California man and his alleged partner face life terms in dark web drug operation
LOS ANGELES (Tribune News Service) — A California man and his alleged partner in cybercrime took to the dark web to peddle, among other drugs, thousands of fake oxycodone pills that were laced with fentanyl, according to the U.S. Department of Justice.
Now they’re facing life in prison after being caught up in an FBI sting.
In a 19-count federal grand jury indictment, Westminster resident Michael Ta, 24, and Houston resident Rajiv Srinivasan, 37, are accused of “a conspiracy to distribute and to possess with the intent to distribute fentanyl and methamphetamine,” according to a Department of Justice news release.
Srinivasan allegedly sold the drugs on “Darkode,” a forum on the dark web for cybercrime. A 2015 investigation of the forum by international law enforcement resulted in multiple arrests, including 12 in the United States. At the time, U.S. Attorney David J. Hickton of the Western District of Pennsylvania said Darkode was “the most sophisticated English-speaking forum for criminal computer hackers in the world.”
On the forum and an encrypted messaging app, the co-defendants sold 123,188 fentanyl pills, more than 143 kilograms of methamphetamine, black tar heroine and cocaine, according to the indictment. Some 7,000 of those pills were allegedly sold to an undercover agent posing as a customer between February and November 2022.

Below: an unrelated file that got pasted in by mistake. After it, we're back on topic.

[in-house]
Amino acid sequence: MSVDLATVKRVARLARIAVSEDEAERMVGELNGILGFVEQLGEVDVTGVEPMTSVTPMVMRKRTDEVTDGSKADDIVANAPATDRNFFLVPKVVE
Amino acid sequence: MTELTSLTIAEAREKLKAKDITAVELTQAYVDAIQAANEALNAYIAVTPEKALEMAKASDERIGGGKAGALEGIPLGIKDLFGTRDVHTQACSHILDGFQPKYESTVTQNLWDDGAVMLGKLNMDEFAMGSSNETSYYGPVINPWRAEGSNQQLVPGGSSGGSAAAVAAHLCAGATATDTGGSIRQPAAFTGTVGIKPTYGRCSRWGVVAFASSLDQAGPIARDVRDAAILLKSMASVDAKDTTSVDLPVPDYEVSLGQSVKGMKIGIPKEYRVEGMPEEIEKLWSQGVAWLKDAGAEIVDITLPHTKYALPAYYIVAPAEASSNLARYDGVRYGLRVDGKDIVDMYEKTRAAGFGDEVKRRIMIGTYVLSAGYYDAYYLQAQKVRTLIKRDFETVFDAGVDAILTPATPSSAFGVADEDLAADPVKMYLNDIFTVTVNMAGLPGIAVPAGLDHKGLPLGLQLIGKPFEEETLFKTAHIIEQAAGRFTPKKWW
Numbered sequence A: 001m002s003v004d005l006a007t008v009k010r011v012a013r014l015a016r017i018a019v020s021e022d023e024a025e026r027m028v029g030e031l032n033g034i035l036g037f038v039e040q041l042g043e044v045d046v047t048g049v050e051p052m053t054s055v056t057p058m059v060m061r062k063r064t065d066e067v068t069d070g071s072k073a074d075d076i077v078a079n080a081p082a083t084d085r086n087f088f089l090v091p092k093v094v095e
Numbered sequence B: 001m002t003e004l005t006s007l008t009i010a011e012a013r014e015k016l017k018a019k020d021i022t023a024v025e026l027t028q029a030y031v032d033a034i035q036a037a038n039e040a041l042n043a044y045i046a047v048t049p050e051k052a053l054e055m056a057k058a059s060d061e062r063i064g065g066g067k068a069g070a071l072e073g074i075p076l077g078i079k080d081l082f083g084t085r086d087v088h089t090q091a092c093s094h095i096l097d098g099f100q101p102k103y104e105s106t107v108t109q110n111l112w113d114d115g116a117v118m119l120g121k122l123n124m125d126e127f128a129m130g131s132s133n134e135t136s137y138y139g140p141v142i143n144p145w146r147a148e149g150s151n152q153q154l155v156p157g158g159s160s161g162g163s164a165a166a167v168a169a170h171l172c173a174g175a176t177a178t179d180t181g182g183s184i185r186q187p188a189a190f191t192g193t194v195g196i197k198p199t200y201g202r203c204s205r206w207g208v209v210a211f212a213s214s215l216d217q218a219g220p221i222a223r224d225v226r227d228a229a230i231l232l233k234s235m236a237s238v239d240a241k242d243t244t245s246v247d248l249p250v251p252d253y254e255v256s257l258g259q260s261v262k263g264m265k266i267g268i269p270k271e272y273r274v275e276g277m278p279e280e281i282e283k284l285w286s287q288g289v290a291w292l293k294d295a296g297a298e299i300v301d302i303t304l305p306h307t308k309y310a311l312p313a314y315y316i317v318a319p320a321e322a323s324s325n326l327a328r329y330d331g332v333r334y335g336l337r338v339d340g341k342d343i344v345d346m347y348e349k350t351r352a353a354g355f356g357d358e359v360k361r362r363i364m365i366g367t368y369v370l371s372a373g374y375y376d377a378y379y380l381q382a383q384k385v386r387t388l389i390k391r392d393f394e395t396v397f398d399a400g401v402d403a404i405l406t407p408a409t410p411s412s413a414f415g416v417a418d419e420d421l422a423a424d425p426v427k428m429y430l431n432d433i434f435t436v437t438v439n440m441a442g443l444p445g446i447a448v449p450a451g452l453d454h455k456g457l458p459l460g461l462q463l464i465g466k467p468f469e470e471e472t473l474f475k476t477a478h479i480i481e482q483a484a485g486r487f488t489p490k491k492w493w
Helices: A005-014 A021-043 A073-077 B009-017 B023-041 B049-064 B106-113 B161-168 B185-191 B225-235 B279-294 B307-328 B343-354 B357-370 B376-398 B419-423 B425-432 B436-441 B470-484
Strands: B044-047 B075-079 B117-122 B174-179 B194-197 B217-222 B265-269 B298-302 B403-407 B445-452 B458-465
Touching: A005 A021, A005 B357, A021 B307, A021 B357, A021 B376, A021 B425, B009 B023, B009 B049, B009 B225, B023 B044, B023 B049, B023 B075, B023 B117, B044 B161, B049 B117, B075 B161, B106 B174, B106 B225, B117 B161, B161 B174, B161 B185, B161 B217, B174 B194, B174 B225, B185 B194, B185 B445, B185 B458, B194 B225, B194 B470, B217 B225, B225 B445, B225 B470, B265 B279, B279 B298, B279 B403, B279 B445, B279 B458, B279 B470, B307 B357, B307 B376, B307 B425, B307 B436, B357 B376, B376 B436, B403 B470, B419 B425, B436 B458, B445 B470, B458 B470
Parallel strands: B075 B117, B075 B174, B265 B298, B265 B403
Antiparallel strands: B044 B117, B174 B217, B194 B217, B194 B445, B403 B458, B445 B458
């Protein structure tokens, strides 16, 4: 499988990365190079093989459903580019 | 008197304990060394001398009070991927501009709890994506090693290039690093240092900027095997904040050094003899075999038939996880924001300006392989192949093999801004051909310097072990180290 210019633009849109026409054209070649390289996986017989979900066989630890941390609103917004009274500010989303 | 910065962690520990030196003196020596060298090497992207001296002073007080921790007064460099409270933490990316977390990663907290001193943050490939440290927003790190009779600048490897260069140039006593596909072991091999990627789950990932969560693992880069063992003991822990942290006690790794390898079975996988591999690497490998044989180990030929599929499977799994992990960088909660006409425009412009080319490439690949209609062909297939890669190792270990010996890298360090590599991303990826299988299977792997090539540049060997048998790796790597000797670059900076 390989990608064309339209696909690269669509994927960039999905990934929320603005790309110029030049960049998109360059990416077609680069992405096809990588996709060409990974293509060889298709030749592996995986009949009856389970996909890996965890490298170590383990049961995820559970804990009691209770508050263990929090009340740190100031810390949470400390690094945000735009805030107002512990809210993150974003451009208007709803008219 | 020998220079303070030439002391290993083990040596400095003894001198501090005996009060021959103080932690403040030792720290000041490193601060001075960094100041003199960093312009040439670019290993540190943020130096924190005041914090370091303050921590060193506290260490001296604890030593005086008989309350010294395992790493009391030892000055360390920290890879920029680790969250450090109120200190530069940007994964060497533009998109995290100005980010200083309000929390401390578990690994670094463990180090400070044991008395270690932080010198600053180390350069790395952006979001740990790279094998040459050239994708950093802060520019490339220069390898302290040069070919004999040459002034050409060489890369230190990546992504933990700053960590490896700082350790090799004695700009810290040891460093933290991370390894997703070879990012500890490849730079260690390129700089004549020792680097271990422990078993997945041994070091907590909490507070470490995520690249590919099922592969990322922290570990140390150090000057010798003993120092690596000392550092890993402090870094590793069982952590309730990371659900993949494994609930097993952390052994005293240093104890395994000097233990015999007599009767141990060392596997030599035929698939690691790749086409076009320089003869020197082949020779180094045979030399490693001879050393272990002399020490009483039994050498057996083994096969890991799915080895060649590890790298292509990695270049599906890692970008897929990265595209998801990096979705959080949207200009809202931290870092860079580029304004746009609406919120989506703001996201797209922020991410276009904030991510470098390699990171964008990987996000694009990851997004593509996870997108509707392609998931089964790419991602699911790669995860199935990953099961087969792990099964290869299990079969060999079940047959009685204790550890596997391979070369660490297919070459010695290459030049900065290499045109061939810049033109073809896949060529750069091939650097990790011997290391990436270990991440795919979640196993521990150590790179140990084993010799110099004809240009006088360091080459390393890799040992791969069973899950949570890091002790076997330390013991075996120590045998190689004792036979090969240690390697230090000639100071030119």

The dark web is a subsection of the internet that is not indexed by search engines and is accessible only via specialized web browsers. Its relative inaccessibility, however, does not shield it from the reach of law enforcement agencies. The news release says users “wrongly believe the dark web allows them to engage in criminal conduct with anonymity.”
Once Srinivasan received payments, the indictment says, he would route money through cryptocurrency exchanges. Blockchain analysis company Chainalysis estimated that $14 billion of illicit transaction activity occurred in 2021, though that only represented 0.15% of all cryptocurrency transactions.
Ta is accused of carrying out the process of fulfilling orders: acquiring, storing and distributing packages of pills while his partner collected payment. A spreadsheet shared by Ta and Srinivasan allegedly contained around 1,500 customers.
Srinivasan was set to be brought from Texas to California to stand trial. Ta was released on bond. His arraignment is set for Dec. 22.
The criminal conspiracy charge against the men carries a maximum sentence of life in prison.
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